- Acknowledging that command and control doesn’t work and pivot to a more people-oriented leadership that values everyone’s contribution to the organization.
- Pay attention to nuances that espouse certain perspectives, like the use of titles for sworn staff and not for civilian positions.
Topics covered on the Q&A were about:
- Books and resources for women’s career development.
- Handling circumstances that didn’t go according to plan.
- Dealing with personal attacks.
- Overcoming cattiness, competition, and other negativity between women.
- Advice to a new police officer.
Resources and Handouts:
- Panelist Contact Info
- Emotional Intelligence 2.0 by Bradberry and Greaves
- Mindset: The New Psychology of Success by Carol Dweck
- Women and the Leadership Labyrinth: Howard vs Heidi
- Dare to Lead: Brave Work, Tough Conversations, Whole Hearts by Brene Brown
- Strengths Finder 2.0 by Tom Rath
- Lean In by Sheryl Sandberg
- How to Win Friends and Influence People by Dale Carnegie
- Primal Leadership by Daniel Goleman
- Outliers by Malcolm Gladwell
- “I truly enjoyed the conversation on your own implicit bias, turning the lens inward, seeking out feedback when bi-passed by leadership, being unapologetic for speaking up, controlling your own reputation, not participating in or condoning negativity among females in your org, and the urge to reach out to a mentor and female leadership networks NOW. Thank you so much to these amazing women leaders. My favorite quote of the day; “Fix somebody’s crown without telling everyone that you had to do it.” — Veronica
- “This webinar provided confirmation to my current endeavors on searching for my first leadership position that I must place myself in uncomfortable and not so easy work tasks to be able to excel to the next level. This spoke volumes to me to expand my outlook on my career opportunities. I enjoyed the personal examples and information discussed during this webinar. Thank you!” — Whittney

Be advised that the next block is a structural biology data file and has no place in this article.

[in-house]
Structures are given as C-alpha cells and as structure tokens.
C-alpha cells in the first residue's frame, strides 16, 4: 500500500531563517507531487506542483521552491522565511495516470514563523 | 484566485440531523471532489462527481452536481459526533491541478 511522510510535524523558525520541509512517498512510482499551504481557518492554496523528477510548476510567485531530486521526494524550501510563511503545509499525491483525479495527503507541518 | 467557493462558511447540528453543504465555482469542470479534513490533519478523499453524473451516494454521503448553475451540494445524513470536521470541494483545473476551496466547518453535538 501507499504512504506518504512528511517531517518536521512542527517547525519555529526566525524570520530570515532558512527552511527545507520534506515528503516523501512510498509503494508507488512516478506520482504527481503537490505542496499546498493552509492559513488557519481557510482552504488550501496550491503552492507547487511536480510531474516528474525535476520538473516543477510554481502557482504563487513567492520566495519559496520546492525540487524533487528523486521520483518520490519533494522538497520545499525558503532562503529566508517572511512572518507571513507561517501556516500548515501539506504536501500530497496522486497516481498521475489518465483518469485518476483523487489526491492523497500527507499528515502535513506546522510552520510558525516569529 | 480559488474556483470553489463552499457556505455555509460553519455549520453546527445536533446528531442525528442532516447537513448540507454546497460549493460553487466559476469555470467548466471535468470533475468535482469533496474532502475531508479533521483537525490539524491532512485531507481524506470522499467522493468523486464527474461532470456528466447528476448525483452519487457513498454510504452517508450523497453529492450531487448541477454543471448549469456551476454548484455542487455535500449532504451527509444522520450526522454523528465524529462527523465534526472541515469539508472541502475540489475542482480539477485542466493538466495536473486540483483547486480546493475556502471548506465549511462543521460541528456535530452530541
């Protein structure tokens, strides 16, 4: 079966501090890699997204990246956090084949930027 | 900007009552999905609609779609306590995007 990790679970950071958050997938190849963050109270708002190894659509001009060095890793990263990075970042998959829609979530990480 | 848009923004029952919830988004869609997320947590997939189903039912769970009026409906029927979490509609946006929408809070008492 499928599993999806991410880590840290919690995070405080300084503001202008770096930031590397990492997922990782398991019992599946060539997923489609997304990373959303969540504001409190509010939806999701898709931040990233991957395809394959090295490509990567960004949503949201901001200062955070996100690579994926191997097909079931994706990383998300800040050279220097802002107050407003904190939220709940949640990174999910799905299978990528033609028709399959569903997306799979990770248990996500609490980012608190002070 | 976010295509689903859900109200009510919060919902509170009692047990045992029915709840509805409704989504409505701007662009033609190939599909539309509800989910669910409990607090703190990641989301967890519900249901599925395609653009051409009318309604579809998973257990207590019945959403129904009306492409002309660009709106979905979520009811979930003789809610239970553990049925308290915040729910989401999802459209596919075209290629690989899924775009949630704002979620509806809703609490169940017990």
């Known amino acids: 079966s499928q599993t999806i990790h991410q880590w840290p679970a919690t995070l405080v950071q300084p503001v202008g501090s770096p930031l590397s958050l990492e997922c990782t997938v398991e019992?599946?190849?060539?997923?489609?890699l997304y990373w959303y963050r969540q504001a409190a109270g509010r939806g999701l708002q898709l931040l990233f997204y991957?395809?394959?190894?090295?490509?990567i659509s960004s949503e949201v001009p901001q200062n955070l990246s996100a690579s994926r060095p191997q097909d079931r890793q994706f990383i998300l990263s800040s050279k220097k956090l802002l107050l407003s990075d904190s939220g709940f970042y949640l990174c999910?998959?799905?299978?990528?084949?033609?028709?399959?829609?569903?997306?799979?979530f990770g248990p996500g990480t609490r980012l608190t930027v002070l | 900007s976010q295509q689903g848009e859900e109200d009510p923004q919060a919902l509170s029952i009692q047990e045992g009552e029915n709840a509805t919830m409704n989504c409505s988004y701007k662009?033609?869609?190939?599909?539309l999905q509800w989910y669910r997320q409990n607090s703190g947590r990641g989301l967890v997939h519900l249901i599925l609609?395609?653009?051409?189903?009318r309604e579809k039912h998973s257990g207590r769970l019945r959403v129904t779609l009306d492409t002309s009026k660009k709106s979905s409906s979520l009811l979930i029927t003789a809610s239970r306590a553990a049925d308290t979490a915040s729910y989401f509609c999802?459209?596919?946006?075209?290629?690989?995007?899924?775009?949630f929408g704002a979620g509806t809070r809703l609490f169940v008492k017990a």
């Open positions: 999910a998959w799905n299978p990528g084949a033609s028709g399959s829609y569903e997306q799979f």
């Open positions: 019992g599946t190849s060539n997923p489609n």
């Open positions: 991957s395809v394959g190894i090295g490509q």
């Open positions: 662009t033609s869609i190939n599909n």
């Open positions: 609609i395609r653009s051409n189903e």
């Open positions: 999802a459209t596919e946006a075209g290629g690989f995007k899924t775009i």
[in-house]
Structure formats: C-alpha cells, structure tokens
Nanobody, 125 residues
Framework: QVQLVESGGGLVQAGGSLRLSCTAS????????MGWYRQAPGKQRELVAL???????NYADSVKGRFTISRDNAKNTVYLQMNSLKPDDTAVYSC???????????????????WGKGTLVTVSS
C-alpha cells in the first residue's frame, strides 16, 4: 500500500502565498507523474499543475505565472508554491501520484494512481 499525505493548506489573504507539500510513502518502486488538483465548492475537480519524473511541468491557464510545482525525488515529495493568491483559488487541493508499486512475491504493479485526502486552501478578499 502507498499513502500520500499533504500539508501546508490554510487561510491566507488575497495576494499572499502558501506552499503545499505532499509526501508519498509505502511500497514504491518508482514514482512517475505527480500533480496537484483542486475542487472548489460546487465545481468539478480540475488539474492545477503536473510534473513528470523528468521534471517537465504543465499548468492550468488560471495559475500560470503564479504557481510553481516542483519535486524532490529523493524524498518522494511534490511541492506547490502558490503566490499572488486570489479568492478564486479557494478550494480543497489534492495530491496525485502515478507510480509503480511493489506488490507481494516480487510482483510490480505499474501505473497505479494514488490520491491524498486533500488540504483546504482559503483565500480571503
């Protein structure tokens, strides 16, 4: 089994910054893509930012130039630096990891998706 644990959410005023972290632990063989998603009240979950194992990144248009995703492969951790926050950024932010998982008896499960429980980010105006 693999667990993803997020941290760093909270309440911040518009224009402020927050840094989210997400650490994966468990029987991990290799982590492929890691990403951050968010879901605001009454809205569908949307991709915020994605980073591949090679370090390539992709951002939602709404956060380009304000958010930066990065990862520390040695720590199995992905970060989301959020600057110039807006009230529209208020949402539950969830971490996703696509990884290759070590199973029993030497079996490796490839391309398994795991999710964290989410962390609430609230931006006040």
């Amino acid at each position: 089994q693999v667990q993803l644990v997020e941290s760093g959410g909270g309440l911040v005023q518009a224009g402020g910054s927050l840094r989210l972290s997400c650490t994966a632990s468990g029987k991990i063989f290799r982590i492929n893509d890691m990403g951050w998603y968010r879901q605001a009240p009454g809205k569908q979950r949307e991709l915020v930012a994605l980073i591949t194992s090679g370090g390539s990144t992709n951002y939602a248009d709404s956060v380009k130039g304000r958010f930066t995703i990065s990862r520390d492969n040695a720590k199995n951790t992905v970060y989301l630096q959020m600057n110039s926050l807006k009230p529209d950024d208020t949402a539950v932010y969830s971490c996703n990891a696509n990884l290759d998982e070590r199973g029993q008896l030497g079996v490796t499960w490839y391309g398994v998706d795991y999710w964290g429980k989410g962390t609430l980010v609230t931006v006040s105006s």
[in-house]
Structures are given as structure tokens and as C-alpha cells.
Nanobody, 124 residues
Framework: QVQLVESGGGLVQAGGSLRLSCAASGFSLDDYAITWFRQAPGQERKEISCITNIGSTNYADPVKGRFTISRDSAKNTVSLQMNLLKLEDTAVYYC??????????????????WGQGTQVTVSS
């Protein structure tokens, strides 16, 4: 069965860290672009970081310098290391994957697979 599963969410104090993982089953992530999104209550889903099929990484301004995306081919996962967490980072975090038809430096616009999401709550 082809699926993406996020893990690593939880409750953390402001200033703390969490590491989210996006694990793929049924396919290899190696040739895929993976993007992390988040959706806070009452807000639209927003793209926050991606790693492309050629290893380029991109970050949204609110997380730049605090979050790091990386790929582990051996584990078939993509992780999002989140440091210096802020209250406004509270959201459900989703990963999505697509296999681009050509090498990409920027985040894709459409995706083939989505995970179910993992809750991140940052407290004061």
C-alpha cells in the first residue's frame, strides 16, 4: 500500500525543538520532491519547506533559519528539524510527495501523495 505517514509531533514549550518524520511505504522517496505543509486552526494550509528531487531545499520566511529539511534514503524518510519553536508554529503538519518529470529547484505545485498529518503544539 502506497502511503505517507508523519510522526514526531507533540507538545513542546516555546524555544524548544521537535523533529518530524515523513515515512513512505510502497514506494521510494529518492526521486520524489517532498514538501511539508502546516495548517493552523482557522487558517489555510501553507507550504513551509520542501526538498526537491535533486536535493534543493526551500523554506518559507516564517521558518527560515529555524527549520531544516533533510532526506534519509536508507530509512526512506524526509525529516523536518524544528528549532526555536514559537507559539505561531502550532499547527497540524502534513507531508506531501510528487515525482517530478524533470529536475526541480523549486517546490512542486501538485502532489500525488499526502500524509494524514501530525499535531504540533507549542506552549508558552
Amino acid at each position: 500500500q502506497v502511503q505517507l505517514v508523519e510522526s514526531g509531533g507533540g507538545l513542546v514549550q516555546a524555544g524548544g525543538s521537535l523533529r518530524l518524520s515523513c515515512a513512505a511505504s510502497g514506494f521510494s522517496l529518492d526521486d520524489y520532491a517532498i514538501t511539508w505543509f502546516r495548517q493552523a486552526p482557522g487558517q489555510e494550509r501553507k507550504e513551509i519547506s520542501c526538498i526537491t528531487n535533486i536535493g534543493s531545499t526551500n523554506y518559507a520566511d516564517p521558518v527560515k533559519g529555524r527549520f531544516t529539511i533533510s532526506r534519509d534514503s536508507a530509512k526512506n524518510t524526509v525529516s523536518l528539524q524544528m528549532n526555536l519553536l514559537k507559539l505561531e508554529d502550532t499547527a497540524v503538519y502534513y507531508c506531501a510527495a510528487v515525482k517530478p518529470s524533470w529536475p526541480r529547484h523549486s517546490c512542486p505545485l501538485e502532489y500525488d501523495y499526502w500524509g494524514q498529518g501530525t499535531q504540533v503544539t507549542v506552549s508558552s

- “I am preparing for an interview for a promotion. This really encouraged me and gave me some great speaking points.” — Leigh Anne
- “Great panel, very informative, inspiring, and helpful! thank you!” — Yelena
- “This was so valuable to me as a female, even just working in an office as a civilian. It felt like they were talking to me. Everything about this webinar was extremely helpful. It maintained my attention the entire time because it was so helpful. The points and tips were some things I already knew but needed to hear it again, from successful women.” — Tonya
- Wow, this was one of my favorite webinars. I like that it wasn’t a powerpoint presentation and got to see “real” people in “real roles. I gained a lot of good information and knowledge today as a woman and a leader. Thank you for providing this opportunity!!! — Ronna
- “This webinar was outstanding! Such a positive, encouraging discussion that helped me realize I’m on the right track and definitely have more to offer than I give myself credit for sometimes.” — Penny
- “There were too many valuable takeaways to mention in this space. I’ve always enjoyed Dr. Miller’s presentations and was not disappointed with the panel selection. I appreciate their transparency in sharing their personal experiences and insights. We definitely need more mentors like them in the workplace. Great webinar!” — Michelle